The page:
A fusion resurrects one-party system
The mesmerising magic of Narendra Modi, combined with a robust organisational machinery helmed by Amit Shah, enabled the BJP to secure its biggest ever victory in India's most populous state of Uttar Pradesh, sweep to power in the Himalayan state of Uttarakhand, deliver an impressive performance in the northeastern outpost of Manipur and be in the running even in Goa - the saffron spread halted only in Punjab where the Congress managed to win a clear majority.
- Published 12.03.17
New Delhi, March 11: The mesmerising magic of Narendra Modi, combined with a robust organisational machinery helmed by Amit Shah, enabled the BJP to secure its biggest ever victory in India's most populous state of Uttar Pradesh, sweep to power in the Himalayan state of Uttarakhand, deliver an impressive performance in the northeastern outpost of Manipur and be in the running even in Goa - the saffron spread halted only in Punjab where the Congress managed to win a clear majority.
The BJP rank and file is most ecstatic with the Uttar Pradesh result, not only because it won a whopping 325 seats in the 403-member Assembly, exceeding the most optimistic estimates of pollsters and party leaders alike, but also because the victory brings to fruition the long-held Hindutva ideal of transcending caste identities by consolidation along communal lines.
The Samajwadi Party and the Bahujan Samaj Party, which dominated the state's politics for the last two decades, were decimated as a result --- the SP down to 47 seats and the BSP to 19. The Congress did not even make it to double digits, its gamble of forming a pre-poll alliance with the SP coming a cropper - at least in this election.
The BJP had won a clear majority only once before in the Uttar Pradesh Assembly, winning 221 seats at the height of the Ramjanmabhoomi agitation in 1991. This time round, the party surpassed that by more than 90 seats.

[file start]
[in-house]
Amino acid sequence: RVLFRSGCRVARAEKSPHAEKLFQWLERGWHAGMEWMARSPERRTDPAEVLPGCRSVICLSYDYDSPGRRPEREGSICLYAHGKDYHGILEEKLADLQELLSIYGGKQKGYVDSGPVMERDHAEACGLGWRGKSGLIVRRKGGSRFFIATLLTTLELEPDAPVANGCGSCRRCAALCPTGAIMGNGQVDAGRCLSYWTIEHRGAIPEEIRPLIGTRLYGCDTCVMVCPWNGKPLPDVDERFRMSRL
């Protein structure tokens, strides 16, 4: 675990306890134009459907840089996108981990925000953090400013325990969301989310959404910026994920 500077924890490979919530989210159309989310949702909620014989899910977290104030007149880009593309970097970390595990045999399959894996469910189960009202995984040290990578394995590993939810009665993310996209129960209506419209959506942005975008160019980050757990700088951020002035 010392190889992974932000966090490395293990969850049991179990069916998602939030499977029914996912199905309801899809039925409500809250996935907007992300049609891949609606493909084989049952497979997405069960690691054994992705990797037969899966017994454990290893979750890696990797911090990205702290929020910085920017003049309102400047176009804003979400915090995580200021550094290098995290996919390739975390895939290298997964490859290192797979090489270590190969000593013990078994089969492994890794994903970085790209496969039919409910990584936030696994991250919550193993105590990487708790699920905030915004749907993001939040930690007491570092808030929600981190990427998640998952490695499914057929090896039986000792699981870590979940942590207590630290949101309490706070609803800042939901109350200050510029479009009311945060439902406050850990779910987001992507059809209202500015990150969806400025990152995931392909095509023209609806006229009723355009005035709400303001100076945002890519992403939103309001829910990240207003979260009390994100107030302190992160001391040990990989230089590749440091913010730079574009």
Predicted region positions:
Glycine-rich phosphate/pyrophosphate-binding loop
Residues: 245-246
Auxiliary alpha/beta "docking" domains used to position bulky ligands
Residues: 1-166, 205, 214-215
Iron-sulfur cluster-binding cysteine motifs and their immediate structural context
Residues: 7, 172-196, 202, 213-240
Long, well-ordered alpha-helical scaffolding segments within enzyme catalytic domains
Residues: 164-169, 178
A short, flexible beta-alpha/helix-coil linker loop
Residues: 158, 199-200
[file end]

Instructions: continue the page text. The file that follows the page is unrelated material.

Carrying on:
While Prime Minister Narendra Modi's popularity and newly minted pro-poor avatar - a la a saffron Santa Claus - certainly helped the BJP, that alone would not have delivered such a historic victory.
A combination of factors that included a meticulously crafted caste arithmetic in ticket distribution, a far from subtle communal polarisation campaign, a division of anti-BJP votes among the SP-Congress alliance and the BSP, tremendous hard work put in by the Shah-led army of party workers for several months before the elections, and a helpful media that amplified the BJP's message across the state also helped the party achieve its unprecedented win.
While BJP leaders might now insist that it was Modi's "inclusive" and "pro-poor" initiatives -- encapsulated in his " sabka saath sabka vikas" slogan - that got them the votes, the fact remains that the "sabka" sought to exclude the Muslims who form nearly 20 per cent of Uttar Pradesh's population and also stigmatised the Yadavs (among the OBCs) and the Jatavs (among the Dalits) - the two castes seen to be the backbone of the SP's and the BSP's base, respectively.
By not giving a single ticket to a Muslim, the BJP made it clear that it did not need to reach out to the community in any manner whatsoever to win an election. With Modi himself bringing in the " kabristan" versus "smashaan", and "Ramazan" versus "Diwali" motif into the election discourse, it was open licence to the party's local leaders to be more explicit in their campaign against "Muslim appeasement" - a theme that struck a chord in a state that had already been considerably polarised ahead of the 2014 elections.
The below-the-radar communal polarisation was combined with a shrewd eye on the caste factor, with BJP strategists being much more open in wooing the non-Yadav OBCs and the non-Jatav Dalits. This strategy is not new and goes back to the time when Rajnath Singh tried to bring in "quotas within quotas" to target sections that had not benefited enough from the post-Mandal empowerment of non-upper castes.
Under Amit Shah, this strategy was fine-tuned, with the BJP tying up with small parties representing these castes as well as giving more tickets and positions to members of these castes. In that sense, the Uttar Pradesh election cannot be deemed a repudiation of Mandal politics but a fusion of Hindutva and caste that may come apart in the future but for now has proved stupendously successful.